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Where the funny meets the horrible

11 September 2004

12:00 AM

11 September 2004

12:00 AM

Paradise A.L. Kennedy

Cape, pp.344, 16.99

A century ago, Paradise might have appeared in the stout bindings of the Religious Tract Society and been distributed to the deserving young in the form of Sunday school prizes. Or perhaps not, given that it begins in the dining-room of an alien hotel where its heroine, all memory of her previous life temporarily erased, lugubriously breakfasts, having just committed a sexual act with an unappetising fellow-guest known only as ‘Mr Wispy’. However close its moral proximity to one of those Victorian temperance hymns with titles like ‘Don’t sell no more drink to my father’, A.L. Kennedy’s third novel is, in its relish of bedrock-level physical detail, quite thoroughly up to date.

By the time we first meet her, at 8.42 a.m. here in this low-ceilinged amnesiac’s hell-hole, late-thirtysomething Hannah Luckraft (her name one of several pieces of obtrusive symbolism) has been haplessly in thrall to the bottle for the best part of two decades. Subsequent chapters confirm the almost cosmic extent of this alcoholic debility: a relationship with a similarly challenged dentist named Robert degenerating into sozzled weekends away; members of her long-suffering family standing stoically-cum-disgustedly by; job as a travelling salesman for a firm of cardboard-container manufacturers on the slide. Laid seriously low after a particularly violent binge, Hannah is scraped off the floor by her doctor brother and shipped off to a Canadian dry-out clinic. Here, surrounded by all manner of weeping confidence-brokers, the bolshie ingrate plots her escape.

Paradise’s length — upwards of 100,000 words — is, you feel, more or less arbitrary. As the study of a consciousness rather than a conventionally ordered piece of fiction it could have been done at a quarter or three times the length. Its distinguishing mark, as ever in Kennedy’s writing, is the precise exploitation of that uncomfortable space — uncomfortable because it leaves the reader with no room for manoeuvre — where the funny meets the horrible head on. There is a terrific scene, for example, in which Hannah, out cardboard-vending in Fifeshire, comes disastrously to the aid of a speech-impaired woman in a wheelchair. The same eye for grisly detail attends an account of Hannah’s weekend jag in Dublin with Robert, when the pair are characterised as ‘a pair of fleeing convicts, chained ankle to ankle and hip to hip by a kind of debilitating lust which is almost fun but also makes you want to scream’.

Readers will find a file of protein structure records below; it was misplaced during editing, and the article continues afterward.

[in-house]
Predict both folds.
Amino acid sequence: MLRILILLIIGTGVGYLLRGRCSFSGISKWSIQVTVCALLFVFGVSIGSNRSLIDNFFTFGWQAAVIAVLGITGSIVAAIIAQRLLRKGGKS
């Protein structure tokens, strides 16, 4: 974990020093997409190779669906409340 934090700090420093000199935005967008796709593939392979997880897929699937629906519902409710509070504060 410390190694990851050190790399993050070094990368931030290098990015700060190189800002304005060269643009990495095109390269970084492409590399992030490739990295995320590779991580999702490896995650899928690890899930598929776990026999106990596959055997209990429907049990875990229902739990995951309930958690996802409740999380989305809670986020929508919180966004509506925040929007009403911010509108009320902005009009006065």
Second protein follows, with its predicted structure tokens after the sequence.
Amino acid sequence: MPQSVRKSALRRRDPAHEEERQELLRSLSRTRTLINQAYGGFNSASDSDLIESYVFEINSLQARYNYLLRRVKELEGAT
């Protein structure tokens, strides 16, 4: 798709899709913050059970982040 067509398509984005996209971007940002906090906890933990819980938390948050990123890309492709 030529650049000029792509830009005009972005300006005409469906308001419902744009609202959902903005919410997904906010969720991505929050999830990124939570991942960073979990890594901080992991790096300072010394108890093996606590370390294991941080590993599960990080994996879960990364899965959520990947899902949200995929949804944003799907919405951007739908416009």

To set against the rapt interior monologues and the dexterous dialogue, Kennedy has a weakness for those pathetic-fallacy-style adjectival pirouettes which, however arresting when the eye first alights on them, end up by retarding the descriptive effect: an unlikely bridge, a lithe wooden box, an unwitting balcony and so on. Even poor Mr Wispy’s scrotum, glimpsed as its owner slips self-consciously beneath the sheets, is supposedly ‘like a perineal suicide between the stringy thighs’. Alas, only Martin Amis can (or could) do this kind of thing. The novel ends with a hallucinatory train-ride across Canada back to the clinic, a reunion with Robert and a deeply ambiguous ending. As with Kennedy’s last full-length outing, Everything You Need (1999), a profound admiration for her ability to stray into territory where the modern novelist rarely lingers — there is a devious religious subtext underlying the bar-fly horrors — comes balanced with a suspicion that the novel may not be her natural form.

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